Parents galvanize response

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By Tom Wilmoth

    Moneta area residents, shocked by the possibility that Moneta Elementary might be closed—sooner rather than later—gathered Sunday at the school to begin plotting their strategy to try and save the community’s school.
    That included signing a petition and giving out information to gather at next week’s Bedford County School Board meeting.
    “We are Moneta,” Jessica Chattin stated about the wording of the petition. "We support Moneta Elementary School. We  believe  it  is a  necessary and integral part of our community.”
    And their plea: “Please keep it open!”
    Chattin, secretary of the school’s Parent Teacher Association, said 80 to 100 people attended Sunday’s meeting. A second gathering will be held this Sunday at 3 p.m. at the school. By that time petitions will have been spread throughout the community at area businesses, seeking the community’s support to not have the school closed.
    Though most residents weren’t at last Thursday’s meeting to reveal the results of the state-mandated school efficiency study, word of the study’s recommendation to close Moneta Elementary quickly spread throughout the community.
    “We actually thought there were a couple of other schools that would have been recommended,” Chattin said. “It was definitely a shock. It was a big shock.”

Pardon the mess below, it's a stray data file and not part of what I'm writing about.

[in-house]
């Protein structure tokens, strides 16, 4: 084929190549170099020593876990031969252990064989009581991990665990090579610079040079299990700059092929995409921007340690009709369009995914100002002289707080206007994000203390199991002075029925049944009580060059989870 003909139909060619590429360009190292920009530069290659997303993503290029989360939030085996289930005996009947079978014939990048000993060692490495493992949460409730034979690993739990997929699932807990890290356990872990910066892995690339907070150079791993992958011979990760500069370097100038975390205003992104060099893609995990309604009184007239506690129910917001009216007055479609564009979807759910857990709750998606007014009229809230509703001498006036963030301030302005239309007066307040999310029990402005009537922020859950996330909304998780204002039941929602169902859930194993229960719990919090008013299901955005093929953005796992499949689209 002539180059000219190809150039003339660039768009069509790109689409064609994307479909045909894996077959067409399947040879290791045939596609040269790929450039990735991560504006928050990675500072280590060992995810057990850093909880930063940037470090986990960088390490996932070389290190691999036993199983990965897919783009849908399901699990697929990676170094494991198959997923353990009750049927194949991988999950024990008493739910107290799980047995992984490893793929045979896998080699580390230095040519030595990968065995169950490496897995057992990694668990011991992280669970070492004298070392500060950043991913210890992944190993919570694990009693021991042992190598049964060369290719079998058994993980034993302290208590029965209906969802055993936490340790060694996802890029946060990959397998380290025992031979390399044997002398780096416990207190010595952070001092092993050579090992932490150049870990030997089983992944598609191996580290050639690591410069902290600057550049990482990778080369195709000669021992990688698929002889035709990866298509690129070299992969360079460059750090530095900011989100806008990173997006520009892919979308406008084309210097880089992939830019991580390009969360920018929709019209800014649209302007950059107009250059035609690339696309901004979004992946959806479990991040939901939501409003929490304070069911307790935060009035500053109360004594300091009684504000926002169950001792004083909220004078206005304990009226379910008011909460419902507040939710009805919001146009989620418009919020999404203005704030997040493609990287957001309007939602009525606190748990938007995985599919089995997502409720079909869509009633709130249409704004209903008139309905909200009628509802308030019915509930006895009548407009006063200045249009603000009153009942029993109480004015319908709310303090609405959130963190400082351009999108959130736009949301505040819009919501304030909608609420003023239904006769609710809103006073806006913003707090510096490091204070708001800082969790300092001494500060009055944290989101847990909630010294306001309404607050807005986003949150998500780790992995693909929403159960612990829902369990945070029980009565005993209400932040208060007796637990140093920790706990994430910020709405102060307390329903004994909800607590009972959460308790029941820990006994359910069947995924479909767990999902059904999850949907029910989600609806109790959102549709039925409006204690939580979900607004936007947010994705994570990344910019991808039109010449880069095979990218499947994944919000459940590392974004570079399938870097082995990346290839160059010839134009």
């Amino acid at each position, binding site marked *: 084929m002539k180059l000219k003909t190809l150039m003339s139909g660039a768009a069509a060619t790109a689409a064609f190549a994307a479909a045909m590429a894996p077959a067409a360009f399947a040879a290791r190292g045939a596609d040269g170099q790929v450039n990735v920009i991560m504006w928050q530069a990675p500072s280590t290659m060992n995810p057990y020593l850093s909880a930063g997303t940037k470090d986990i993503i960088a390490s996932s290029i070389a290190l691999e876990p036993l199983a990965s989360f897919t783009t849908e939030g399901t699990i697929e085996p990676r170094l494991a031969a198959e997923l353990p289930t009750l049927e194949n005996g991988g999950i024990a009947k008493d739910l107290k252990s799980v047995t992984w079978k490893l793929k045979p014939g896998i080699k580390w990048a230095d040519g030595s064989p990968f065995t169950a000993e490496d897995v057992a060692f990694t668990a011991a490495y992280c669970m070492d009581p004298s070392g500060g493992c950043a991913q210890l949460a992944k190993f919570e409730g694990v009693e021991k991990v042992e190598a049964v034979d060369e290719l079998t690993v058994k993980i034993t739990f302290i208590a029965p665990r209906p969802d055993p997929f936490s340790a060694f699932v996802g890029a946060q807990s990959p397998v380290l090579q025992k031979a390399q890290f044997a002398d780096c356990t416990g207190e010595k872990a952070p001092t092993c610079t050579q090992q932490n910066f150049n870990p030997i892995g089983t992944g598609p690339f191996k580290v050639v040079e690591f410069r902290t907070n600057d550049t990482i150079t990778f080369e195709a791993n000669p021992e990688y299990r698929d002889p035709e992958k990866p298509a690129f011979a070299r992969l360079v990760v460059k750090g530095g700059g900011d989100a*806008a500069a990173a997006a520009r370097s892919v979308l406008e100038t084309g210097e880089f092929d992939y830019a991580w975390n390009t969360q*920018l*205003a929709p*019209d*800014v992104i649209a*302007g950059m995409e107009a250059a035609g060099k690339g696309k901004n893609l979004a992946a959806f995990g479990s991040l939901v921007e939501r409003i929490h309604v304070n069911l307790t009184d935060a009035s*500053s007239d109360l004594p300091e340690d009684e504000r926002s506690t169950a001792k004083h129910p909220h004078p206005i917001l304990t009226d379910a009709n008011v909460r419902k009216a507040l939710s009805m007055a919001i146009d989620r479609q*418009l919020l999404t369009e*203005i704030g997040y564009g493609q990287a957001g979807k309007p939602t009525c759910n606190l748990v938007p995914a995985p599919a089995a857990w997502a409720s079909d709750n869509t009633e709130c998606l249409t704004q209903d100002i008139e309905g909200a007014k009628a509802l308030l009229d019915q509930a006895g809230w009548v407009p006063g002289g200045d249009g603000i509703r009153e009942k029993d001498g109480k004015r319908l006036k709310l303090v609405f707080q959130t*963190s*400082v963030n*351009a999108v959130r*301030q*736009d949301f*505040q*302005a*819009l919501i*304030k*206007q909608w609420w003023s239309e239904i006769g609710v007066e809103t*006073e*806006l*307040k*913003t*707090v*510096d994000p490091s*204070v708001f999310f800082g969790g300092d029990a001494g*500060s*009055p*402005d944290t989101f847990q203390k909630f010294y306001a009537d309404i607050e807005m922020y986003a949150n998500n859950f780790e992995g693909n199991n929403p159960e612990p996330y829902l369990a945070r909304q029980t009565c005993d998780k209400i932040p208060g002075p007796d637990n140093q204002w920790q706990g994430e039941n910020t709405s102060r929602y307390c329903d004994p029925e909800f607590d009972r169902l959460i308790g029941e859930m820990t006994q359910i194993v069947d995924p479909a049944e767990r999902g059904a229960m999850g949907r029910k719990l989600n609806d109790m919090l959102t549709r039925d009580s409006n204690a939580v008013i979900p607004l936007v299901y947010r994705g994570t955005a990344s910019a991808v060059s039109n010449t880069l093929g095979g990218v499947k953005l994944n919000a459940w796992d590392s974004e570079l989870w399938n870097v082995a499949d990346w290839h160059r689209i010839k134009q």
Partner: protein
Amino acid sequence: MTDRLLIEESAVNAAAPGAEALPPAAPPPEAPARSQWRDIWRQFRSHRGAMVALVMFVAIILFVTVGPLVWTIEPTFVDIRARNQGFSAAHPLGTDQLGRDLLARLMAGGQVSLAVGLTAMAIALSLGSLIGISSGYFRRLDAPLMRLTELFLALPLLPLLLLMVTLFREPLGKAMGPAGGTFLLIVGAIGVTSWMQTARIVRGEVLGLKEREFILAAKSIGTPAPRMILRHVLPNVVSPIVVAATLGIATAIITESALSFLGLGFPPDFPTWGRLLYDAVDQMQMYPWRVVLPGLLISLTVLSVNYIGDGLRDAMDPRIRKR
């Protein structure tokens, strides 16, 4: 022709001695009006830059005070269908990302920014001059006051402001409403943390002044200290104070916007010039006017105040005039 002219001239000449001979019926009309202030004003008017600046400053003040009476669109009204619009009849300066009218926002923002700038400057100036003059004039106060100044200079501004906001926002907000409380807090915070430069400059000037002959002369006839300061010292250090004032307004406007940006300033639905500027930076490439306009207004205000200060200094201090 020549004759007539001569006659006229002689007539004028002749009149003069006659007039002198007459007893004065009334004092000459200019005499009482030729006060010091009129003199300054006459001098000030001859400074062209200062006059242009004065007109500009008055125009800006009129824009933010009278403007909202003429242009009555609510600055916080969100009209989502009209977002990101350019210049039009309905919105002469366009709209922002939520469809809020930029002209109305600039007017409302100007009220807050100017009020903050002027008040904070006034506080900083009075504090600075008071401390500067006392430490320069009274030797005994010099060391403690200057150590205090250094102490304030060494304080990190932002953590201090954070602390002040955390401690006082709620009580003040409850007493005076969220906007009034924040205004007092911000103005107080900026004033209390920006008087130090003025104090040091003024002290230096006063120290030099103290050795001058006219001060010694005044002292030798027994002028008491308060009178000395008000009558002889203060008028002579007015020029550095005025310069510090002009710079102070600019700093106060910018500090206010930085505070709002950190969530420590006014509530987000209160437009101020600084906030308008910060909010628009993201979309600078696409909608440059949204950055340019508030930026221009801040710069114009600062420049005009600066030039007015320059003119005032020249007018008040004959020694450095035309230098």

Chattin said the main concern is to stay positive and the second is to do what can be done as a community to make sure the school doesn’t close. She said the Moneta community is a family. “That is what our community has shown to be over the past couple of days.”
    The group is also soliciting donations to help deal with the septic system’s drain field failures at the school. Two of the school’s three drain fields have failed and fixing that problem could cost in excess of $400,000. With that bill hanging over its head, the school board will have to determine whether it is worth spending that money to keep the school open, especially if the school might be closed in a year. The board could decide—though it would be difficult to accomplish by the start of the 2014-2015 school year in August—to close the school immediately.
    “Anything that the community can do to come together would be very beneficial,” Chattin said. “The septic problem needs to be fixed.”
    The school board could also look for a temporary fix.
    “The septic issues could be the saving grace for the school or could be the school’s worst enemy,” Chattin said.
    She said the school is important to the community and provides a number of services for families. Some slots in the school’s preschool program have also been threatened to be cut from the budget because of state funding cuts.
    Chattin said families drive from other communities to place their children at Moneta Elementary. Their family moved from the Goodview area to Moneta so their children could attend the school.
    She said the main goal would be to have no other schools closed. Bedford Primary School was also recommended to be closed in the study. And other schools including Body Camp Elementary and Thaxton Elementary are also looked at in the study.
    “We’re not trying to go against each other,” she said of possible school closings.
    Chattin said Moneta Elementary’s numbers aren’t declining.
    “You can’t shut down this school, you just can’t,” Chattin said.

Community support
    Jon Thompson, who attended Moneta Elementary as a child, moved back to the area to raise his family in Moneta. He serves on the board of directors for the Moneta Recreation Association and his wife, Robin, is the school’s PTA president.